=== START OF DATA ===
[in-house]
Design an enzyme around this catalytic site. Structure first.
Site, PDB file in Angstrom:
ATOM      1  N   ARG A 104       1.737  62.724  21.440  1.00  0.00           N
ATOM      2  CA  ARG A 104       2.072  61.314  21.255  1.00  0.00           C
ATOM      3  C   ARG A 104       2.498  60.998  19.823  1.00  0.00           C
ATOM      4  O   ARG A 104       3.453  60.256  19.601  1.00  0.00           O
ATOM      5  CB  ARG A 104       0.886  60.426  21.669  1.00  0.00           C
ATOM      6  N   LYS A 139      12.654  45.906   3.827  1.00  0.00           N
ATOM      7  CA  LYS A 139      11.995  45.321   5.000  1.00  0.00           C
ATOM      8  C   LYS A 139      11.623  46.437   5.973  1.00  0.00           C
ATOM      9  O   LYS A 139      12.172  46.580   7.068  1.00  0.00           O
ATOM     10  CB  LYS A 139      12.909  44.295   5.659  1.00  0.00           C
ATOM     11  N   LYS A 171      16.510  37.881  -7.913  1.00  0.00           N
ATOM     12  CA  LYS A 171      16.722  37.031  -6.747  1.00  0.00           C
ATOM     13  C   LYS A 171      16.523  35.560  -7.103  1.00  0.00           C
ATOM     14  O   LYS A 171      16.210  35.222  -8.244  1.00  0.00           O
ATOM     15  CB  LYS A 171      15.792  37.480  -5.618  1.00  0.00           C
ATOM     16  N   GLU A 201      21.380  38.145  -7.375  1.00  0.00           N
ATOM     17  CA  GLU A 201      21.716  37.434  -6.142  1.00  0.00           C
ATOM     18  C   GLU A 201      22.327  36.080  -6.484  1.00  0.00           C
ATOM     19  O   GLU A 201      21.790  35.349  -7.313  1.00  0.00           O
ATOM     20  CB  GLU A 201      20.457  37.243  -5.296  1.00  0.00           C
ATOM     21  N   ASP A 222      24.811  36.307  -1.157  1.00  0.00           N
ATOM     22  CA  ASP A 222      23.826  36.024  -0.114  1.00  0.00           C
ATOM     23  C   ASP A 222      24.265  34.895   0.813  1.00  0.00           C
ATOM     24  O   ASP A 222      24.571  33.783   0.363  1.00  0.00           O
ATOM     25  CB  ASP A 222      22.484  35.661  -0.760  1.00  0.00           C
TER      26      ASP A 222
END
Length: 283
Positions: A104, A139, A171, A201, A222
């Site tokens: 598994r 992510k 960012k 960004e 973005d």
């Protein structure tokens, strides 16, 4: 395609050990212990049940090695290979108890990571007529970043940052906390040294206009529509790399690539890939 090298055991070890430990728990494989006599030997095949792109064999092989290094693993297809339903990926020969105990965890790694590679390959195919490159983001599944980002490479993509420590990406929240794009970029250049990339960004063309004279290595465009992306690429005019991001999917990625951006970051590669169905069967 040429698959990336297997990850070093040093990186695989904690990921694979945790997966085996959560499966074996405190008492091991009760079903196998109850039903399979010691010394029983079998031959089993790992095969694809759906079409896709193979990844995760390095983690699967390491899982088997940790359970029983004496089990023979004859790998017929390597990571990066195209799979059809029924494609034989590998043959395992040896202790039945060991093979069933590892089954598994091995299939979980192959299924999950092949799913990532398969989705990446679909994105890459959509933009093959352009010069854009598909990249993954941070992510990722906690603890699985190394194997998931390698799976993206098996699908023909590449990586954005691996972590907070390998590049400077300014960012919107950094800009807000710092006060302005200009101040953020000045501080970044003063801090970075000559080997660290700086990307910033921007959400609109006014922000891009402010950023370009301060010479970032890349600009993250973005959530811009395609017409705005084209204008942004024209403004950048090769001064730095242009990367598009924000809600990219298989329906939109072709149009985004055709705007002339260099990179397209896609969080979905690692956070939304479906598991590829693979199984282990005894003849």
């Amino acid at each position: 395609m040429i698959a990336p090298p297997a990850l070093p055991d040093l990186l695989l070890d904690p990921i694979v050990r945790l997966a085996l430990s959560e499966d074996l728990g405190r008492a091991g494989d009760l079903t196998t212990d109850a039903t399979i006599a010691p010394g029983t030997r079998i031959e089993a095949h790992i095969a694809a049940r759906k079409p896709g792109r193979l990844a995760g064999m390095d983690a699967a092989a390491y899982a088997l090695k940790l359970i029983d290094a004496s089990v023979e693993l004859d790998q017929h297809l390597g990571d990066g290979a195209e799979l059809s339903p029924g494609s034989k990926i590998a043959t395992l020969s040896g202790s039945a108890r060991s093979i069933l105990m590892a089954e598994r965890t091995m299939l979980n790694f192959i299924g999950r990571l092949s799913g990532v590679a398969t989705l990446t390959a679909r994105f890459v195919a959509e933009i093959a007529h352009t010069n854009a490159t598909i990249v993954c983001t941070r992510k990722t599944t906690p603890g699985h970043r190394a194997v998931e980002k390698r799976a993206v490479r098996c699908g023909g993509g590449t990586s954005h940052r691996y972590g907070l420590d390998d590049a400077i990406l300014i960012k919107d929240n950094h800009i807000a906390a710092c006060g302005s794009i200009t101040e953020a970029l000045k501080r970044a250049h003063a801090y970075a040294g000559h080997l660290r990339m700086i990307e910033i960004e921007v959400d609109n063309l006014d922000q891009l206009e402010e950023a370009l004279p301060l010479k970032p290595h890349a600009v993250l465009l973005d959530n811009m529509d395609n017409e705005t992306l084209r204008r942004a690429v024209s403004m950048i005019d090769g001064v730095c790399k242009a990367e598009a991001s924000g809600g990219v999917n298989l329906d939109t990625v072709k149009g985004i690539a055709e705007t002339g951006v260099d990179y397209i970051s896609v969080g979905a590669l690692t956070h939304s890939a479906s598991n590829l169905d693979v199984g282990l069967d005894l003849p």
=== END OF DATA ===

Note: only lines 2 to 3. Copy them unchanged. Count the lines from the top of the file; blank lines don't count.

Design an enzyme around this catalytic site. Structure first.
Site, PDB file in Angstrom: